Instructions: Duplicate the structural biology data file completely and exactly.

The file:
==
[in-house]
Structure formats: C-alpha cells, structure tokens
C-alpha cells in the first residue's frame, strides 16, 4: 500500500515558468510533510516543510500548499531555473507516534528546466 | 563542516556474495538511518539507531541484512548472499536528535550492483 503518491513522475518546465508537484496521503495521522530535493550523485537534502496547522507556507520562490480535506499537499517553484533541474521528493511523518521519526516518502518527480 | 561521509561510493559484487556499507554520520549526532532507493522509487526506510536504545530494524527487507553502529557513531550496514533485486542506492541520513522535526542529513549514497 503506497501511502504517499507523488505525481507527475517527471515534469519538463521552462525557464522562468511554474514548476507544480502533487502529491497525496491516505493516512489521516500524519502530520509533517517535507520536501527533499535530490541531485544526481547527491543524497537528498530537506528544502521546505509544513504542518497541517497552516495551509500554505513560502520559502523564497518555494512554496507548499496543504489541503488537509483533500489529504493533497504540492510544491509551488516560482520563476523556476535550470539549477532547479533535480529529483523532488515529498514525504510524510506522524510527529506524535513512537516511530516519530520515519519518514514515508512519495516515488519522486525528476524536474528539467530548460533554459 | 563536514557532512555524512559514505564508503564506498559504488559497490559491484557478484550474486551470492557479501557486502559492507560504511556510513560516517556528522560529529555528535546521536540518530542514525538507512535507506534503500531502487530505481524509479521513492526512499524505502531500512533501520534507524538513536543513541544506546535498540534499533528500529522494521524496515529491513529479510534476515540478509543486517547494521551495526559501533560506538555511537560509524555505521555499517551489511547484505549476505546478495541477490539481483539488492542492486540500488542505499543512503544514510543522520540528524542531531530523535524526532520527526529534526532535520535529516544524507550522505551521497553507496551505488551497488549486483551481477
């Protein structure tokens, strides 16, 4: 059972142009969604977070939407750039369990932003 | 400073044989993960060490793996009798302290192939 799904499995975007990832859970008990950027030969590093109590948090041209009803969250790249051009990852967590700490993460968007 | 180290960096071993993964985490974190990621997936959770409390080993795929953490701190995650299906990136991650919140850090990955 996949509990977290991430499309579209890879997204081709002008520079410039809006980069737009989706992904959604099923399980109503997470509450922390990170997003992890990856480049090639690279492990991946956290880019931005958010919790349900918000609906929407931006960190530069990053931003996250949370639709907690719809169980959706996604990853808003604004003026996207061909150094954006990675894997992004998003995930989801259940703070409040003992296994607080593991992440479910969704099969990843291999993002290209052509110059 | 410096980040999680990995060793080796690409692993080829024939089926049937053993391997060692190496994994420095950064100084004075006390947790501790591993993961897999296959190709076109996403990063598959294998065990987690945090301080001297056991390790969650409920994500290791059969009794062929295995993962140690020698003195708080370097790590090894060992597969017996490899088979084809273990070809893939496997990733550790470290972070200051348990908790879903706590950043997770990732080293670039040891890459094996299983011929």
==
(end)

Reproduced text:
[in-house]
Structure formats: C-alpha cells, structure tokens
C-alpha cells in the first residue's frame, strides 16, 4: 500500500515558468510533510516543510500548499531555473507516534528546466 | 563542516556474495538511518539507531541484512548472499536528535550492483 503518491513522475518546465508537484496521503495521522530535493550523485537534502496547522507556507520562490480535506499537499517553484533541474521528493511523518521519526516518502518527480 | 561521509561510493559484487556499507554520520549526532532507493522509487526506510536504545530494524527487507553502529557513531550496514533485486542506492541520513522535526542529513549514497 503506497501511502504517499507523488505525481507527475517527471515534469519538463521552462525557464522562468511554474514548476507544480502533487502529491497525496491516505493516512489521516500524519502530520509533517517535507520536501527533499535530490541531485544526481547527491543524497537528498530537506528544502521546505509544513504542518497541517497552516495551509500554505513560502520559502523564497518555494512554496507548499496543504489541503488537509483533500489529504493533497504540492510544491509551488516560482520563476523556476535550470539549477532547479533535480529529483523532488515529498514525504510524510506522524510527529506524535513512537516511530516519530520515519519518514514515508512519495516515488519522486525528476524536474528539467530548460533554459 | 563536514557532512555524512559514505564508503564506498559504488559497490559491484557478484550474486551470492557479501557486502559492507560504511556510513560516517556528522560529529555528535546521536540518530542514525538507512535507506534503500531502487530505481524509479521513492526512499524505502531500512533501520534507524538513536543513541544506546535498540534499533528500529522494521524496515529491513529479510534476515540478509543486517547494521551495526559501533560506538555511537560509524555505521555499517551489511547484505549476505546478495541477490539481483539488492542492486540500488542505499543512503544514510543522520540528524542531531530523535524526532520527526529534526532535520535529516544524507550522505551521497553507496551505488551497488549486483551481477
């Protein structure tokens, strides 16, 4: 059972142009969604977070939407750039369990932003 | 400073044989993960060490793996009798302290192939 799904499995975007990832859970008990950027030969590093109590948090041209009803969250790249051009990852967590700490993460968007 | 180290960096071993993964985490974190990621997936959770409390080993795929953490701190995650299906990136991650919140850090990955 996949509990977290991430499309579209890879997204081709002008520079410039809006980069737009989706992904959604099923399980109503997470509450922390990170997003992890990856480049090639690279492990991946956290880019931005958010919790349900918000609906929407931006960190530069990053931003996250949370639709907690719809169980959706996604990853808003604004003026996207061909150094954006990675894997992004998003995930989801259940703070409040003992296994607080593991992440479910969704099969990843291999993002290209052509110059 | 410096980040999680990995060793080796690409692993080829024939089926049937053993391997060692190496994994420095950064100084004075006390947790501790591993993961897999296959190709076109996403990063598959294998065990987690945090301080001297056991390790969650409920994500290791059969009794062929295995993962140690020698003195708080370097790590090894060992597969017996490899088979084809273990070809893939496997990733550790470290972070200051348990908790879903706590950043997770990732080293670039040891890459094996299983011929």